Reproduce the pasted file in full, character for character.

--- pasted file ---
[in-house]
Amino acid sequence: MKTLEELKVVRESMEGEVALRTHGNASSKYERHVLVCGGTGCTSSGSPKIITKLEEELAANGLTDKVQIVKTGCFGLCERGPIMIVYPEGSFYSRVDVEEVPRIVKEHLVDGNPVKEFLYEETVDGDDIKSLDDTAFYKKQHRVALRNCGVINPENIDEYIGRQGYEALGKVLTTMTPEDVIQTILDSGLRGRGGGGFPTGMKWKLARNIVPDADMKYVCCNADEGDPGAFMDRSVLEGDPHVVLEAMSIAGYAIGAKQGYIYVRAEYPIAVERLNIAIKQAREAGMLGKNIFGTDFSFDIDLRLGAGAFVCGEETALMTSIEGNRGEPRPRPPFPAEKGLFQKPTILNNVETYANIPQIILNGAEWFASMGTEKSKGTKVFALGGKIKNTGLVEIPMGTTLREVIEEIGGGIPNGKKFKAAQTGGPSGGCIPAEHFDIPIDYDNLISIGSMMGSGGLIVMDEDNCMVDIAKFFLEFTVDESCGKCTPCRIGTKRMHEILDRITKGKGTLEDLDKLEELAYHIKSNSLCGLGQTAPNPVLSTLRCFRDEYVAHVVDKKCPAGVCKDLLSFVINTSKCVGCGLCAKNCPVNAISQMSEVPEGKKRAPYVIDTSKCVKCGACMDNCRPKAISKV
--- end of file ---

[in-house]
Amino acid sequence: MKTLEELKVVRESMEGEVALRTHGNASSKYERHVLVCGGTGCTSSGSPKIITKLEEELAANGLTDKVQIVKTGCFGLCERGPIMIVYPEGSFYSRVDVEEVPRIVKEHLVDGNPVKEFLYEETVDGDDIKSLDDTAFYKKQHRVALRNCGVINPENIDEYIGRQGYEALGKVLTTMTPEDVIQTILDSGLRGRGGGGFPTGMKWKLARNIVPDADMKYVCCNADEGDPGAFMDRSVLEGDPHVVLEAMSIAGYAIGAKQGYIYVRAEYPIAVERLNIAIKQAREAGMLGKNIFGTDFSFDIDLRLGAGAFVCGEETALMTSIEGNRGEPRPRPPFPAEKGLFQKPTILNNVETYANIPQIILNGAEWFASMGTEKSKGTKVFALGGKIKNTGLVEIPMGTTLREVIEEIGGGIPNGKKFKAAQTGGPSGGCIPAEHFDIPIDYDNLISIGSMMGSGGLIVMDEDNCMVDIAKFFLEFTVDESCGKCTPCRIGTKRMHEILDRITKGKGTLEDLDKLEELAYHIKSNSLCGLGQTAPNPVLSTLRCFRDEYVAHVVDKKCPAGVCKDLLSFVINTSKCVGCGLCAKNCPVNAISQMSEVPEGKKRAPYVIDTSKCVKCGACMDNCRPKAISKV